Our first date was to hear my high school friend’s live Go-Go band play at the never-classy Econo Lodge. We had many sushi and ramen dates where we would reminisce about being back in Okinawa. Biscuits and apps at Red Lobster became our thing. We even had our favorite table and waitress, Keena.
Nothing pulls at the heartstrings quite like a little nostalgia. We got all dressed up and dined at the Waffle House for Valentine’s Day. This was the exact booth we sat in on our very first date back in 2000. We also wanted to avoid the long wait time on the global day of romance. We had the entire place to ourselves with just enough time to make a kid-free Target run before heading home.
We’re both artsy people. We wanted to make sure that we weren’t sticking to the traditional dinner and a movie. We were inspired to think outside the box when a friend invited us to a reception at a local art gallery. The environment encouraged great conversation and allowed us to network, explore and learn more about the town we lived in. We also enjoyed county festivals, pottery painting, local plays and sip-and-paint.
Roller skating is one of those activities that’s amazingly childlike but always incredibly fun. Nothing says ‘I love you’ more like your bae catching you as you fall. We were so sore the next day and went on another date for a couples massage.
Saturday brunch and a trip to the farmers market was the perfect cure for a busy work week. It was everything we needed for an ideal summer day date. Sampling food, chatting with local growers and producers, shopping local vendors, mingling and people watching. It was the perfect Saturday morning stroll to grab ingredients for dinner for the upcoming week.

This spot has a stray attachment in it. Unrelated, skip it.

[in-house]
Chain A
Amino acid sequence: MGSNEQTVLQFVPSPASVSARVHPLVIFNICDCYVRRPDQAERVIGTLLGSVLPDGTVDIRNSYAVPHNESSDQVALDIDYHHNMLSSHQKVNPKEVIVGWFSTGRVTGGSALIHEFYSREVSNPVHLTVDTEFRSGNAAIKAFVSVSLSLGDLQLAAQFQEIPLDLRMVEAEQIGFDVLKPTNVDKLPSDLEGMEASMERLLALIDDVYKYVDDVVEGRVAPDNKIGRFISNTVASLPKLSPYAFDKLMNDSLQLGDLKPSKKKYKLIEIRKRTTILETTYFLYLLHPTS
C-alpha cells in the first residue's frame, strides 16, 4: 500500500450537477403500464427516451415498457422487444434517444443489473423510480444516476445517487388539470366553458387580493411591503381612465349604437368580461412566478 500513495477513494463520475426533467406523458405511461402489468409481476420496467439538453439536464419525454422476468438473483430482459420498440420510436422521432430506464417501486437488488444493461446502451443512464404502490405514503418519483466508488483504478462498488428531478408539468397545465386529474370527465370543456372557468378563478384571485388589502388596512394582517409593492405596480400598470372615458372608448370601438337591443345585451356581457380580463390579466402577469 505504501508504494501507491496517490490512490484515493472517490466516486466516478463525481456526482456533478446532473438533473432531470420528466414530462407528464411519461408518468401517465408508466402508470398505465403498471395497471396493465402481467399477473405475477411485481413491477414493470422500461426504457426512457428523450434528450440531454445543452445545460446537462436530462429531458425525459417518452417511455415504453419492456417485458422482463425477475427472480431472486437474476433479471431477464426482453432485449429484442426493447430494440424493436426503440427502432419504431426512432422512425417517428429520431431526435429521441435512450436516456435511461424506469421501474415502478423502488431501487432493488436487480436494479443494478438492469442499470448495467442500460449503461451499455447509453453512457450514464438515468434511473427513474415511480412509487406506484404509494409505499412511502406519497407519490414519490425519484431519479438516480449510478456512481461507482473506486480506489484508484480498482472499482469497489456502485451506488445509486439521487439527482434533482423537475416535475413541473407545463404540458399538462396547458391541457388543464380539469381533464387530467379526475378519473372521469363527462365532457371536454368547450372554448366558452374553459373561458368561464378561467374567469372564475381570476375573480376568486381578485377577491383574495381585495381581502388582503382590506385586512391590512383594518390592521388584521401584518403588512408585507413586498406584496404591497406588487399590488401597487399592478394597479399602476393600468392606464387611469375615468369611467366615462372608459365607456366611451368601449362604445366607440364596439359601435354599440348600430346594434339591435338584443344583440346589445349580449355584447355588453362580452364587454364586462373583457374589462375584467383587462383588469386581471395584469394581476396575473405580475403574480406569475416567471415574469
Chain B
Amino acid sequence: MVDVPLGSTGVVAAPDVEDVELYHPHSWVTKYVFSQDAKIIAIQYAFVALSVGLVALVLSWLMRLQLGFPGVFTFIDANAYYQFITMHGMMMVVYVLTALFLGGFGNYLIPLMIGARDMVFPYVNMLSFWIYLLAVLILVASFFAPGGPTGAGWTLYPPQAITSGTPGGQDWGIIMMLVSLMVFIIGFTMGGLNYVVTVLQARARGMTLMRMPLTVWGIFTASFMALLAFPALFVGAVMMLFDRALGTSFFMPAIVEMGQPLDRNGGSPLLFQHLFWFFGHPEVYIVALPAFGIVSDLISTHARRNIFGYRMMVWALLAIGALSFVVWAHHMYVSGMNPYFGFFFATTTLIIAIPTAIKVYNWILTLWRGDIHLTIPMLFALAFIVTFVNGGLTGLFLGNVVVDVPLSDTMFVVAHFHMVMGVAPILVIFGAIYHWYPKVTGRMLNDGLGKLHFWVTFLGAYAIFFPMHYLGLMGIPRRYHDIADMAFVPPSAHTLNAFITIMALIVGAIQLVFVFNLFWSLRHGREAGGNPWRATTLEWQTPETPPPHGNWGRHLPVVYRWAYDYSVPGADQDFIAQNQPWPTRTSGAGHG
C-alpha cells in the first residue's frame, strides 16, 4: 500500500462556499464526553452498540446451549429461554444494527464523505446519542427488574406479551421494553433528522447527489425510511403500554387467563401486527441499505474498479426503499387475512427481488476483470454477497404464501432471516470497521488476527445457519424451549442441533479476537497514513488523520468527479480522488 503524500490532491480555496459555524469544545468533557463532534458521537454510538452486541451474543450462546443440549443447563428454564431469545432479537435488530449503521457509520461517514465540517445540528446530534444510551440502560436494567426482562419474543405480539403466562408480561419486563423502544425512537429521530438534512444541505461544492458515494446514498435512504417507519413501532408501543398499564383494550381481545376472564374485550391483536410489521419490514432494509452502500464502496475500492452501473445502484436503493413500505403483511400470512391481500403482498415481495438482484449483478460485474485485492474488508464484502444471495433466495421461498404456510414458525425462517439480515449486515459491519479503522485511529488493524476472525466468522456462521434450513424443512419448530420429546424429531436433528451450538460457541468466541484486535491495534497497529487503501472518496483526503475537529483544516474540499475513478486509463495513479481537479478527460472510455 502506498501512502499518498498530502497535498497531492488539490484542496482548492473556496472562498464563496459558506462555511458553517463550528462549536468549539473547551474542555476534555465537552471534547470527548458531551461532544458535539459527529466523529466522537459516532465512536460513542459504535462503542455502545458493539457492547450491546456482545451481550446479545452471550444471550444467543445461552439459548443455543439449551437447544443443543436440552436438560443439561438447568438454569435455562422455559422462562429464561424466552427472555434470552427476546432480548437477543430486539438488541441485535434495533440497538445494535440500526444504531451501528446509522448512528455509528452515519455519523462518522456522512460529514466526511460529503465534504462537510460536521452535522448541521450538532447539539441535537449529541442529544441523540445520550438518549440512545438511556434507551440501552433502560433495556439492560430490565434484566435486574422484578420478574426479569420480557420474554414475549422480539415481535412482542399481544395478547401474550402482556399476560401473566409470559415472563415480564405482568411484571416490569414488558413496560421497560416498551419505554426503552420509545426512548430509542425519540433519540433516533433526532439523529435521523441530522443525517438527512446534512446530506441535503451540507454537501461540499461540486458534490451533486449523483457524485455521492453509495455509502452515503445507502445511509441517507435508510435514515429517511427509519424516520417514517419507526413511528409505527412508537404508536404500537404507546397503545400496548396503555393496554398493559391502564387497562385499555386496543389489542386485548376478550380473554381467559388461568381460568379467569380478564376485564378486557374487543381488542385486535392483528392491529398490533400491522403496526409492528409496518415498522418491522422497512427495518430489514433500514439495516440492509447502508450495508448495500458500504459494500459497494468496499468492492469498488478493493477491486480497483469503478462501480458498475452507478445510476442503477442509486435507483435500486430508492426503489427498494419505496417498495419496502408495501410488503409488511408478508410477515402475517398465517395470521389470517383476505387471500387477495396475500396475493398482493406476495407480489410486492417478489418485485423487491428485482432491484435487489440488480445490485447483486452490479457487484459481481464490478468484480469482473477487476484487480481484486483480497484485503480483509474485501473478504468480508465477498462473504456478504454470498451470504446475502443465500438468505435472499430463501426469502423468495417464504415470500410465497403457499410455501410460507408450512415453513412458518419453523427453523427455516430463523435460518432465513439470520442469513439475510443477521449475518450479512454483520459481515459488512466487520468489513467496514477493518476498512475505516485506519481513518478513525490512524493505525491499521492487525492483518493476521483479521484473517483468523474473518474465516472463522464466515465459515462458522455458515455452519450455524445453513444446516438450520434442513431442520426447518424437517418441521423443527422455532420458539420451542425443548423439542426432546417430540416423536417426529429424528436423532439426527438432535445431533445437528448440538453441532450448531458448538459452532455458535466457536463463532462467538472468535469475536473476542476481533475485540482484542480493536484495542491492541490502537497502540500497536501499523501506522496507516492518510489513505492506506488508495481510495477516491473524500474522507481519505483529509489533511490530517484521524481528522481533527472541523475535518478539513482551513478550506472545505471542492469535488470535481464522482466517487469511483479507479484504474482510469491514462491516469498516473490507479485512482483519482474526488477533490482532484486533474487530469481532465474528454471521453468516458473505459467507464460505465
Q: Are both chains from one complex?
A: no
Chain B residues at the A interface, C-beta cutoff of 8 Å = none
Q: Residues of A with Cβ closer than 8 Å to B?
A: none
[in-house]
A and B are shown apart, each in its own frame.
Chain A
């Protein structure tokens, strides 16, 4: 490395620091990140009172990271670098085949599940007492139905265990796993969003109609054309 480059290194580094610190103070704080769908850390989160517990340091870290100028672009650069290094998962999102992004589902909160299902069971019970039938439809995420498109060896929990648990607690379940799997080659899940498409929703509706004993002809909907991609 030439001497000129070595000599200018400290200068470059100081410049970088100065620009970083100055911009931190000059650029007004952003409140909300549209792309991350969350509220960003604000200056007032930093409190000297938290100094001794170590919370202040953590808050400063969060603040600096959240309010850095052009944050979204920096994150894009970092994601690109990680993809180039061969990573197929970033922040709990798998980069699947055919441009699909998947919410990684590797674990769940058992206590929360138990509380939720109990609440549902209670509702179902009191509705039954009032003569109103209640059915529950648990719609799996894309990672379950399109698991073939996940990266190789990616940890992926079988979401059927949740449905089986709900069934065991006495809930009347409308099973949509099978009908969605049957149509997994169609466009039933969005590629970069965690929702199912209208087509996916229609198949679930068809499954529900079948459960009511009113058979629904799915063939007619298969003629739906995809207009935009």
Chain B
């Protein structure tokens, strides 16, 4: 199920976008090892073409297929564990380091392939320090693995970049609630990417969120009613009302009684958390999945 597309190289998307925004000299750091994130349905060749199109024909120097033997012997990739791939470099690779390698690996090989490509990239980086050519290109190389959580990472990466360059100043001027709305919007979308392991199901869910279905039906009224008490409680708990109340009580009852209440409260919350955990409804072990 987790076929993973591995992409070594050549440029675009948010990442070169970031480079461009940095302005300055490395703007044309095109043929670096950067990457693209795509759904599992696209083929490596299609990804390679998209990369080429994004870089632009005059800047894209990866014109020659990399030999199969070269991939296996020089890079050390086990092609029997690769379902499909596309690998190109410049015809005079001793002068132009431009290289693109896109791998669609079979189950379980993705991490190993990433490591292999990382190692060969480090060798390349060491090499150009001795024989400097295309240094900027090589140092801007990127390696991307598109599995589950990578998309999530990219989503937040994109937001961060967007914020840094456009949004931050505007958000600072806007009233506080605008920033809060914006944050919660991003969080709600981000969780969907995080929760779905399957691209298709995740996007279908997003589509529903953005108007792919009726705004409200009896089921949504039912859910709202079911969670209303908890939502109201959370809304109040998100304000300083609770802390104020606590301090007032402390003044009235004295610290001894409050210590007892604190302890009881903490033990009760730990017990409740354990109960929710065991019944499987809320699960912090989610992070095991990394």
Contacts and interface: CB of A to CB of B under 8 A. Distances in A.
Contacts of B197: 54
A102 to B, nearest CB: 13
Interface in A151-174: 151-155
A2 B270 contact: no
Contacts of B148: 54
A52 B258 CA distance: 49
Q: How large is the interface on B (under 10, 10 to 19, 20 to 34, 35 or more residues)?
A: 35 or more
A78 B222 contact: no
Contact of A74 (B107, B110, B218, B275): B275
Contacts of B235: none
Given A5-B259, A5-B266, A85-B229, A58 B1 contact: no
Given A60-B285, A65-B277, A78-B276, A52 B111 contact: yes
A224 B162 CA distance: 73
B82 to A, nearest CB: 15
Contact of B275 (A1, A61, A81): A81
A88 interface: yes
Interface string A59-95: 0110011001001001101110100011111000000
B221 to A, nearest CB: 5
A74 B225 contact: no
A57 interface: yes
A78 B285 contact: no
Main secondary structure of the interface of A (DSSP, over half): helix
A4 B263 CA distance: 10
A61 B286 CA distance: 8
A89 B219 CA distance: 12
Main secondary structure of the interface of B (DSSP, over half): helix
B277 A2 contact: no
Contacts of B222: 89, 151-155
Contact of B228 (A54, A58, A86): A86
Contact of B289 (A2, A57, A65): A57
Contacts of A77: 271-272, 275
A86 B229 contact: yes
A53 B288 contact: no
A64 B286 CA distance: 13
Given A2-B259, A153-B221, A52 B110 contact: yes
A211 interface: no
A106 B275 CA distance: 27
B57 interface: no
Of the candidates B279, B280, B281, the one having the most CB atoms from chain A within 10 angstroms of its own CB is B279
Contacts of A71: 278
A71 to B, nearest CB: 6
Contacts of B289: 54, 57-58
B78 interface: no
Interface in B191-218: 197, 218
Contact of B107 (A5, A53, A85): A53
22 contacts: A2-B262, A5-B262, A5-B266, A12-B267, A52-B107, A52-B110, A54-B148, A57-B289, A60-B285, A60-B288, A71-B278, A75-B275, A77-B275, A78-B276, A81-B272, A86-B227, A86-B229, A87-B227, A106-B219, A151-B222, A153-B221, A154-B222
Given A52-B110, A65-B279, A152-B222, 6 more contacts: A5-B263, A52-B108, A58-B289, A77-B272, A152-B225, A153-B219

One of our favorite dates was zip lining thru some of North Carolina’s most peaceful scenery while navigating the dozens of challenging crossings, climbing webs and log swings. Ziplining is such an enthralling experience that it is impossible to think or worry about any of your problems when you’re hiking and traveling full speed down the line. Also another date that required a follow-up date to the spa.
The other was ax throwing. Who knew hurdling a 16-inch steel ax thru the air to hit a bulls eye would be extremely satisfying even if you don’t exactly hit the target. It’s as hard as it looks but fun in its purest form. We returned the following week on a double date with friends.
Relationships are work. That’s a fact. While so many of us are happy to work on our career goals, financial or fitness goals, when it comes to our relationships, we tend to neglect them. We tend to think of dating as something that happens in order to meet someone new and not about dating that same person whom you’ve vowed spending your life with. Whether you’ve been married six months or 16 years, date night is a ritual we all should adopt. Everyone is busy. I get it. Between work, family and friends, there’s hardly enough time to squeeze in for yourself. But making each other a priority is vital to the health of your marriage.
Date night doesn’t have to be a lavish three-course meal with flowers and gifts. Most of our dates nights cost less than $50 a week. If we only had $5 to our name, surely we could share a large fry and a Coke and enjoy each other’s company the same. Right? Even the smallest gesture can convey a huge amount of love.
Date nights doesn’t always require a babysitter either. It can be something you can do at home, such as a screen-free night once a week. Grocery shopping together with no kids is always a win. Cancel TV one night per week after the kids go to bed and enjoy a drink or a late dessert that you baked together the night before. Try meeting for lunch twice a month. Join a gym with babysitting and work out together. Basically, carve out the time to just focus on each other.
We ended last year just nine dates short (43) of our goal of 52.
How often do you do date night? What do you do?Read comments